From Huffington Post:
The formal dissolution of The Beatles was announced on April 10, 1970. And, with the end of the band, the story of Ringo Starr seemed set in concrete. You remember: Ringo, the last member of the band, shunted to the sidelines when the Beatles first recorded for George Martin but, in fact, an under-appreciated artist; his left-handed, backward fills and intuitive timing building the beat of modern rock music.
But there’s a lot more. For forty years now, Ringo, sometimes derided, but with the consistent rhythm of a steady backbeat, has become the living embodiment of the spirit of the Beatles.
Listen to the albums Ringo has released recently — culminating this year’s “Y Not” (the first album he has produced) and last year’s paean to his home town, “Liverpool 8.” You will hear the story of the Beatles being told, and retold. How?
First, with the playful introspection exhibited through an intricate web of references linking one song to another. As the Beatles looked increasingly to their own lives and work for inspiration, their songs created an ever-growing structure of self-reference — the lyrics of “Glass Onion,” for example, refer to five earlier Beatles songs — some of which refer, in turn, to others still. So when, in this year’s “Peace Dream” Ringo calls on us to “try to ‘Imagine'” what happens if we “Give Peace a Chance,'” he’s continuing to weave a tapestry of meaning around their legacies.
By no means has Ringo become a songwriter in the class of John, Paul or George. But as Ringo himself has told us, “It does no good for you to play a pretty song like ‘Yesterday’ ’cause that’s not what I need to say.”
What Ringo needs to say through his songs is the second important ingredient of his legacy, namely The Beatles’ message of love, cosmic harmony and the meaning of life. In “R U Ready,” he invokes Jesus, the Buddha and a blues preacher to say that there will be someone to catch each of us at life’s end. And can’t you hear more than a hint of George, the most spiritual of the four, when Ringo intones the thought that “One and one is only one until you become one with you”?
And then there’s peace and love. Ringo may be the last person on earth who regularly flashes the two-finger peace sign. CLICK HERE TO CONTINUE:
Happy Anniversary, Abbey Road!
by Kara Kovalchik – August 10, 2009 – 12:02 PM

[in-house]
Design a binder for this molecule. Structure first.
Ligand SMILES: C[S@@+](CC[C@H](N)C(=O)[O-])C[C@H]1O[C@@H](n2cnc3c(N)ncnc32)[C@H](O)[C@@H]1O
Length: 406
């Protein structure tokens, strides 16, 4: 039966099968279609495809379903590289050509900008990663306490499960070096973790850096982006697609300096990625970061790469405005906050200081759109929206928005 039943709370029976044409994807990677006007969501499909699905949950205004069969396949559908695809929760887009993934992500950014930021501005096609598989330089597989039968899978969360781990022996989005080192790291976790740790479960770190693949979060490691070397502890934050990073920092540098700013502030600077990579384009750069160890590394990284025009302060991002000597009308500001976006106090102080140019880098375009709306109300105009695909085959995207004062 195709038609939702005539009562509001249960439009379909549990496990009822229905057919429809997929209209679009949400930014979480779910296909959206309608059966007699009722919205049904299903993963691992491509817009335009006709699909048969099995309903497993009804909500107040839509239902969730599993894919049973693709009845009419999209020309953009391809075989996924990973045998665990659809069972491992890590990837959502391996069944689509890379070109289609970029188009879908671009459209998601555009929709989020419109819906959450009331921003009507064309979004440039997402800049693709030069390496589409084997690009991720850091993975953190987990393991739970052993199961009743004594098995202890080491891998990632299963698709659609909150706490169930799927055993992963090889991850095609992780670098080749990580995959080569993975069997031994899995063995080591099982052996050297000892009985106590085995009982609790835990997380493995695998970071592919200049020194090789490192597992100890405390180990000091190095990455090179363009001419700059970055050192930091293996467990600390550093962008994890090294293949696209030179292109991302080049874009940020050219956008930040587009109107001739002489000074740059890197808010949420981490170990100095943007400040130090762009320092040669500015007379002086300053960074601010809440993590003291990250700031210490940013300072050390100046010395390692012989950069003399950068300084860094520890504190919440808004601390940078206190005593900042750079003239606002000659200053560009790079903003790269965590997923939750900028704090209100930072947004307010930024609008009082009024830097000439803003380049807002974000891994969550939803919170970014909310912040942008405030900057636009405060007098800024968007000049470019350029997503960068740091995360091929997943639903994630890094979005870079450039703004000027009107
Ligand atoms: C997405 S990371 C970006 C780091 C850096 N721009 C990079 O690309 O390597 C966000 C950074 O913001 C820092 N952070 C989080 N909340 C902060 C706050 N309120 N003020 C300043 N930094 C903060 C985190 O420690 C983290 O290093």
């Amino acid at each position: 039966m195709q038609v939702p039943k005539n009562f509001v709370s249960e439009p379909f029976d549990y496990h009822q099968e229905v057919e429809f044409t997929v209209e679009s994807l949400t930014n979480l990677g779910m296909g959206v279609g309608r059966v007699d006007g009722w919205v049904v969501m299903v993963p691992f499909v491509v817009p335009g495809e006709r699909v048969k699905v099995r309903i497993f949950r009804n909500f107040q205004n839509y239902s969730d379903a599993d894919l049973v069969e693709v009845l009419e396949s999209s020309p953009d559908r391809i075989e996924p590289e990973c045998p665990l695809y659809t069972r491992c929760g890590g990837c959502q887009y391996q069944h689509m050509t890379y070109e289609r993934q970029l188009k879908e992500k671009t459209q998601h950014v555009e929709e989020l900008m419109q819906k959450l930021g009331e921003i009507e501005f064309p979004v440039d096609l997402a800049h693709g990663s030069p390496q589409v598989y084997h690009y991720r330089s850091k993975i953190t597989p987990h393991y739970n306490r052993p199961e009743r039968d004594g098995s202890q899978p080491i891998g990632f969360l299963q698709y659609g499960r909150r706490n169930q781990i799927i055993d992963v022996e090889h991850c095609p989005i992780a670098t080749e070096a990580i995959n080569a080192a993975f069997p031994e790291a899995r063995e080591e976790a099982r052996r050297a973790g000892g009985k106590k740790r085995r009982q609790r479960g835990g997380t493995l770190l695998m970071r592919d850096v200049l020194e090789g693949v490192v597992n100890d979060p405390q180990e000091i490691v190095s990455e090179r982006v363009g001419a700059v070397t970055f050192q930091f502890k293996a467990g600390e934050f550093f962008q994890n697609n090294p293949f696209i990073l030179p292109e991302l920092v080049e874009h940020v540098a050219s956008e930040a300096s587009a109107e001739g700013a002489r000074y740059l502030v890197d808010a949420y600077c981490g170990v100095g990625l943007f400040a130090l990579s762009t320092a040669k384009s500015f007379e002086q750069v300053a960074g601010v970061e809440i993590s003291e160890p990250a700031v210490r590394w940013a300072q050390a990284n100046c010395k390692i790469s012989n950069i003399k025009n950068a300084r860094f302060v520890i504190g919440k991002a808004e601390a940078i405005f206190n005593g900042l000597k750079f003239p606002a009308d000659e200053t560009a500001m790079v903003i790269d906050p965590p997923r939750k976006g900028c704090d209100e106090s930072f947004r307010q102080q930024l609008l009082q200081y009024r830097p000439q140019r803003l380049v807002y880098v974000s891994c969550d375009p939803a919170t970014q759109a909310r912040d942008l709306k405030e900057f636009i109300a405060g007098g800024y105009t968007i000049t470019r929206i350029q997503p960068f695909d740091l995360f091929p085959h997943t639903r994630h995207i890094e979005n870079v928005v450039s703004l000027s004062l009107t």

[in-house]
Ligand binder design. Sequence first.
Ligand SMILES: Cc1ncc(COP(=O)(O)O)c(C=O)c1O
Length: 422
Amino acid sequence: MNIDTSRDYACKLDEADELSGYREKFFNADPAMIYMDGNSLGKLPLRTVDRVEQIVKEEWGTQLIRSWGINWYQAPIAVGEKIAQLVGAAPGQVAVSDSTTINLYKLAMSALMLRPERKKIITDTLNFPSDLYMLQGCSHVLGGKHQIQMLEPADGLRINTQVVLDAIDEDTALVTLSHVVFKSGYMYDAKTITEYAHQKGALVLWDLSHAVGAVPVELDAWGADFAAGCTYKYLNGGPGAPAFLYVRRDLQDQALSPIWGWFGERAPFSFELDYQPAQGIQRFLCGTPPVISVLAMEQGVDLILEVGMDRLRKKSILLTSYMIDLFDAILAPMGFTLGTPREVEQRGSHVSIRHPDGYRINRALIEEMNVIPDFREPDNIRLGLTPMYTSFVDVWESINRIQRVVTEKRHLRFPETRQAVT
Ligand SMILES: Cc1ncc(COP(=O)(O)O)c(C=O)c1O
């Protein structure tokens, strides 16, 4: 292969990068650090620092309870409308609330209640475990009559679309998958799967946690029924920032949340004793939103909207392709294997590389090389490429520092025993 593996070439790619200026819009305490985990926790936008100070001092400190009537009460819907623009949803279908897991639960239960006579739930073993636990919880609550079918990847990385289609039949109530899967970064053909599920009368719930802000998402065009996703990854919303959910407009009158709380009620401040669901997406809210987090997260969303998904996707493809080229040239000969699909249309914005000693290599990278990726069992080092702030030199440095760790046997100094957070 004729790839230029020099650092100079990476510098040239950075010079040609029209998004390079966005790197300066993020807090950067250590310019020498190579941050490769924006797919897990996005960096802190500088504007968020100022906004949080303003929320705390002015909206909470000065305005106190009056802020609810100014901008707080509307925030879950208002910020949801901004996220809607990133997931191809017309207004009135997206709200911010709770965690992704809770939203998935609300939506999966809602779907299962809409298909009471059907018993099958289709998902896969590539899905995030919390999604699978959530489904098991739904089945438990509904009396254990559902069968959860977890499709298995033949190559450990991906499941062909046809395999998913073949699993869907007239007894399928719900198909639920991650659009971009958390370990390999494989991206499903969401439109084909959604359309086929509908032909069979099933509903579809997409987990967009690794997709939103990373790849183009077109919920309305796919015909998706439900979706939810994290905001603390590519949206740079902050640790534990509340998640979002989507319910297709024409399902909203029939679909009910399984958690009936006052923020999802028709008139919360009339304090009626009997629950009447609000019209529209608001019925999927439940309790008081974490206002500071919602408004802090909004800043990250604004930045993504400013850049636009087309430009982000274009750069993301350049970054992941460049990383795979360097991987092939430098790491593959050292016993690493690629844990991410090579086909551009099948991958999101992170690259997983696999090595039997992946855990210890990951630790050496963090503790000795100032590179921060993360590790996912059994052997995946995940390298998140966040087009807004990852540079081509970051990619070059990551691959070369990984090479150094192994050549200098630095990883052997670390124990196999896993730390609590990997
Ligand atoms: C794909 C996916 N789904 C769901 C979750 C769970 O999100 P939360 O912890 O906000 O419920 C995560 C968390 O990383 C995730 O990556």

The cover of the final Beatles studio album has become so iconic that thousands of entities have incorporated it for their own use (including the second issue of mental_floss).
The original photograph was snapped on August 8, 1969—40 years ago this past Saturday. As one of many tourists who has attempted to re-create that photo (darn, that’s a busy street!), I present a few interesting behind-the-scenes fact about the Abbey Road cover shoot.
Paul McCartney had the original concept for the cover, and had sketched out four stickmen walking over the “zebra crossing” (the name given to the stripe marks on roads indicating pedestrian crossings in England) just outside Abbey Road studios. Photographer Iain Macmillan was hired to capture McCartney’s vision on film. Macmillan climbed a ladder that perched him about ten feet above the fabled street. A police officer held the traffic back while Macmillan squeezed off a few shots of the Beatles crossing the street in one direction. Some traffic was allowed to pass for a short time, and then Macmillan photographed the group crossing the street in the opposite direction. He took a total of six photographs during the shoot, and it was number five – which featured all the band members’ legs in a perfect “V” formation- that was ultimately chosen for the cover.
When the rumor that Paul McCartney had actually died in a 1966 car crash started spreading, conspiracy theorists had a field day with the Abbey Road cover. It was rife with clues, according to them. For example, Paul was barefoot, which is the way corpses were buried at the time in England. (In actuality, Paul had turned up at the photo shoot wearing sandals, but had kicked them off after the first two takes.) Also, the Volkswagen behind George bears the license plate number “28IF” – obviously meaning Paul would be 28 years old if he had lived. (At the time of the photo shoot, Paul McCartney would have been or was 27 years of age.)
After the road-crossing photo was finished, Iain Macmillan set off to find a good “Abbey Road” street marker sign to use for the back cover of the album. He found it at the junction of Alexandra Road and started taking photos of the sign. Much to his chagrin, while he was busy shooting an oblivious woman in a blue dress walked right in front of his viewfinder. While reviewing his shots later that day, however, he decided that the “blue dress” photo was the most interesting of the bunch, and he ended up using it in the final composition.
In a somewhat revolutionary move for that time, the front of the album cover did not mention the band’s name or the album title. That decision came from John Kosh, who was the creative director for Apple Records at the time. Kosh was already well known in the London avant-garde art scene when the Beatles hired him, and his argument for the “photo only” album cover was that they were the most famous band in the world and there was no need to clutter the photograph with text. EMI Records protested at first, saying they’d never sell any records that didn’t indicate who the artist was, but the Beatles supported Kosh’s vision, and in the end, they were right.